INTRODUCTION

Shavelson et al1 introduced a hierarchical model of the self-concept that highlights the multiple domains that contribute to the composition of the self. These domains included academic, social, emotional and physical self-concepts, all of which collectively contribute to general descriptions of self. According to Shavelson et al,1 achievement in specific domains should be positively related to self-conceptions within those domains. The accumulation of self-conceptions, then, comprised the global self-concept. Self-esteem is considered the value that an individual places on their collection of self-conceptions accumulated in those multiple domains of functioning.2

Self-esteem research has adopted the hierarchical structure of the Shavelson framework and supports a multidimensional view of self-development. Harter,3 for example, argued that self-esteem development is unique to the individual’s accomplishments and experiences. Research supports this argument as achievements in specific achievement settings have been shown to significantly influence global self-esteem through domain specific paths. Byrne et al,4 for example, found that academic achievements were significantly related to self-conceptions regarding those achievements in a population of 3rd, 7th and 11th grade students. Similarly, physical activity participation has been shown to positively influence global self-esteem through increases in physical self-worth.5

The objective of the present study was to examine contributions to self-esteem in a group of collegiate athletes and to compare them to their non-competing peers. It was expected that both social self-concept and physical self-worth would be significant independent predictors of global self-esteem. However, it was hypothesized that athletes and non-athletes would display differing patterns of influence on self-esteem based on their experiences in and out of the athletic arena. Specifically, it was expected that the self-esteem of athletes, because of more extensive exposure to achievements in the physical domain, would be more strongly influenced by perceptions of the physical self while that of nonathletes would exhibit a more balanced contribution from both domain specific levels of self-perception.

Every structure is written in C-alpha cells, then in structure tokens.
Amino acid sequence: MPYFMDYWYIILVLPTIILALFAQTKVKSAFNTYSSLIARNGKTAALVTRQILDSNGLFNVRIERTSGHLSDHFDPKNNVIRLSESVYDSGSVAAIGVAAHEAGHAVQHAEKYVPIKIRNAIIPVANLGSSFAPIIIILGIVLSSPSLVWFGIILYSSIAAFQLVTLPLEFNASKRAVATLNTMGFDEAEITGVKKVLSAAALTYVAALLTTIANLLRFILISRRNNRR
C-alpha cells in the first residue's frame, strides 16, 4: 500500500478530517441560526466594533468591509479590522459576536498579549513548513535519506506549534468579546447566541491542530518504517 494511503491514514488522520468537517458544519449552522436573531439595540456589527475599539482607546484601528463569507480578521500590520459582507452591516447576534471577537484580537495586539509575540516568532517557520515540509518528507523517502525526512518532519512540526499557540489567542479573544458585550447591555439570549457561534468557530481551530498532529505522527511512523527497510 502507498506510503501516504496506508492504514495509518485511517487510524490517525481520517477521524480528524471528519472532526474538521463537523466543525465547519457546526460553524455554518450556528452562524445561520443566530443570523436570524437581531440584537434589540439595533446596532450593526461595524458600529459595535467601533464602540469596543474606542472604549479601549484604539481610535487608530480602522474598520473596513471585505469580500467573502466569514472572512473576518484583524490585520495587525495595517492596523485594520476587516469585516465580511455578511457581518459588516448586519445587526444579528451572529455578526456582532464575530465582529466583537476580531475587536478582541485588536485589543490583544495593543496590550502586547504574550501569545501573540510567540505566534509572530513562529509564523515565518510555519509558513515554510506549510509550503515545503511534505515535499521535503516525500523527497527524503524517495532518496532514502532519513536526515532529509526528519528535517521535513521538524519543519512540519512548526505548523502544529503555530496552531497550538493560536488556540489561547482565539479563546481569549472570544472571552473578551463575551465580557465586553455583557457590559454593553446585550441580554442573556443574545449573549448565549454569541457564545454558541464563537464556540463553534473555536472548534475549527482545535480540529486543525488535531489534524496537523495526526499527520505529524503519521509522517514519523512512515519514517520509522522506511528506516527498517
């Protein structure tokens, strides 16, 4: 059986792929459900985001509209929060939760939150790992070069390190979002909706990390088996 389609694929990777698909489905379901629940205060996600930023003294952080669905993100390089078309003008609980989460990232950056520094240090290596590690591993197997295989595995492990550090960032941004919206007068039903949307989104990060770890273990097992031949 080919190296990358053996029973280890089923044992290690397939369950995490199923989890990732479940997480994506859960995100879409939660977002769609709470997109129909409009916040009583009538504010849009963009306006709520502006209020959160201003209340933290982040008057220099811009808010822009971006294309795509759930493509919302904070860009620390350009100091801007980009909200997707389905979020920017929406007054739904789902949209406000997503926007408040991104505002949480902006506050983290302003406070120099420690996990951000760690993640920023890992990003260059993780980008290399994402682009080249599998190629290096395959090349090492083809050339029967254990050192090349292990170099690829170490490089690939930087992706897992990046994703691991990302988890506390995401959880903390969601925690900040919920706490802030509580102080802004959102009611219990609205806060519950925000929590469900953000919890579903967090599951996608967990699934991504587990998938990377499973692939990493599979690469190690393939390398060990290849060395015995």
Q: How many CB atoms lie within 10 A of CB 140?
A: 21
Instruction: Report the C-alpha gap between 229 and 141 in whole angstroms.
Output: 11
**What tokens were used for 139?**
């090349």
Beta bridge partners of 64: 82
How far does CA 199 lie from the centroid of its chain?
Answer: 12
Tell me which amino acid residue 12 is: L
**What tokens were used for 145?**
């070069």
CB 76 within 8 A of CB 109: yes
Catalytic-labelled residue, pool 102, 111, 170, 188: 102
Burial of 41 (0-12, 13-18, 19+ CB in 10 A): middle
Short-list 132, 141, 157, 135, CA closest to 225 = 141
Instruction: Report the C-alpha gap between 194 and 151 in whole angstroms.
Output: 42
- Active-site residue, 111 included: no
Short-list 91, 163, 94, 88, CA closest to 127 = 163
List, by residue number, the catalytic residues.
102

MATERIALS AND METHODS

Participants

Participants in the investigation were 146 college-aged individuals, 46 of whom were student athletes at the university, enrolled in undergraduate courses at a small liberal arts university in the northeast. This university is designated as a Division II institution by the National Collegiate Athletic Association. There were no criteria for inclusion or exclusion from the investigation. All participants reviewed an informed consent form that was in compliance with the University Institutional Review Board’s guidelines for the use of human subjects in research.